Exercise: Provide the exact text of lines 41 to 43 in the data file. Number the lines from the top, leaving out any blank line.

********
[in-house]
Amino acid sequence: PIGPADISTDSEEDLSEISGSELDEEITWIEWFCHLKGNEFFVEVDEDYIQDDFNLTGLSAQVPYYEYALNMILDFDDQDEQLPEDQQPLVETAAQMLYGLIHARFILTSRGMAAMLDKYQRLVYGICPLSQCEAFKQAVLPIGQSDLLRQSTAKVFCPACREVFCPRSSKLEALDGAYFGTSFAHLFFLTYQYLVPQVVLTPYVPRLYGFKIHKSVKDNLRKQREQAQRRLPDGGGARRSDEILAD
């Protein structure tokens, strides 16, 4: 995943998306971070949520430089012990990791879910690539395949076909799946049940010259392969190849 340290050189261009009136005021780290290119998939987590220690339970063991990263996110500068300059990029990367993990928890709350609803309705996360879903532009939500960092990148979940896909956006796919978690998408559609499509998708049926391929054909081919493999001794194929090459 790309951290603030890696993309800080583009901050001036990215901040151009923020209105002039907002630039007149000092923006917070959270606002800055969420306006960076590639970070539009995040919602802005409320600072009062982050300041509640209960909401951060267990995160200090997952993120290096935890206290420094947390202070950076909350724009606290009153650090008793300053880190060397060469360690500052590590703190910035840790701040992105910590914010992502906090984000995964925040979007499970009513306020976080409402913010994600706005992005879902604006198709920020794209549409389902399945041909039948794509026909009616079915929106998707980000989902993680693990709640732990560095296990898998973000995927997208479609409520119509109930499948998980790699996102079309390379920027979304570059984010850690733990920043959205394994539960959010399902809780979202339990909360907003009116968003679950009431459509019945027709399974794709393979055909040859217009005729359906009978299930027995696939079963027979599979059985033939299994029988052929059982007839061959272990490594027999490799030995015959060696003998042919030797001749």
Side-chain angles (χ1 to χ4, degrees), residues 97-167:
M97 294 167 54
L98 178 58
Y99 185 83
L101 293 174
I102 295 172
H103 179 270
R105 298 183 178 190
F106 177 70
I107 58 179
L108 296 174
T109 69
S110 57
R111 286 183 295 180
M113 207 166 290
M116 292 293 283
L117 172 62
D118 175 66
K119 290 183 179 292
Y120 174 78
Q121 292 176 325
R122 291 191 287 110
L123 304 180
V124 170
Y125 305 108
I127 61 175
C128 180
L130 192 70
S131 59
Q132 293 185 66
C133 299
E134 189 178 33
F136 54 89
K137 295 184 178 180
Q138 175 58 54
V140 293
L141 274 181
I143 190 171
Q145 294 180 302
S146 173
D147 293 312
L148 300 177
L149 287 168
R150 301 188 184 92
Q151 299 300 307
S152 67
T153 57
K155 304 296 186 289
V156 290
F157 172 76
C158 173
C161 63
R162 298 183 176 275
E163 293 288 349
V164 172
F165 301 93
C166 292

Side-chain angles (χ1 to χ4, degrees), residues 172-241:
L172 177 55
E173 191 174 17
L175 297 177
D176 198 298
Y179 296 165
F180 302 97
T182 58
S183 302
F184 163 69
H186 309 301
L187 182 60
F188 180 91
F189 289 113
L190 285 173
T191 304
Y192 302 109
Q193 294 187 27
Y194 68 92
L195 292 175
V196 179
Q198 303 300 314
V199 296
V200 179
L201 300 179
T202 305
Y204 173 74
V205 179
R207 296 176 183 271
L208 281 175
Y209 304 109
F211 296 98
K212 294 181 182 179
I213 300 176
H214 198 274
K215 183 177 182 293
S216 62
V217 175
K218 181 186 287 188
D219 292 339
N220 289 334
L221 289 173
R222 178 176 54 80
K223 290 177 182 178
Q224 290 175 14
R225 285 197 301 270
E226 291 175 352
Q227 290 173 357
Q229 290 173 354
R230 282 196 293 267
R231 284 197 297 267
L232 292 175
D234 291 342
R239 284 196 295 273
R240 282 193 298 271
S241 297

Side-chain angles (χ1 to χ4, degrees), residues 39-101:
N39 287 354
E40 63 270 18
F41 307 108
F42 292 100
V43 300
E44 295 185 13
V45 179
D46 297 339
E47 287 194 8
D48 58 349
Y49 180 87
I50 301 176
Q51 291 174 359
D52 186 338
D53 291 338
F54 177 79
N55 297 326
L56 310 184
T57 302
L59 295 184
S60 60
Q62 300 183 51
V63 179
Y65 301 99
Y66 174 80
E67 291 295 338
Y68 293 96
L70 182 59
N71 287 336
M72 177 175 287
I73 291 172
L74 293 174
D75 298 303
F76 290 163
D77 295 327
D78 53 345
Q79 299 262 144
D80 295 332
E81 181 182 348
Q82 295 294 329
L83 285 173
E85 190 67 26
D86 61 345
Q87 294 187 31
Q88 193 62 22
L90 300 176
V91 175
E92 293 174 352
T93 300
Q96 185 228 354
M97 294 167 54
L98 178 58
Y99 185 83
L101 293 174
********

I143 190 171
Q145 294 180 302
S146 173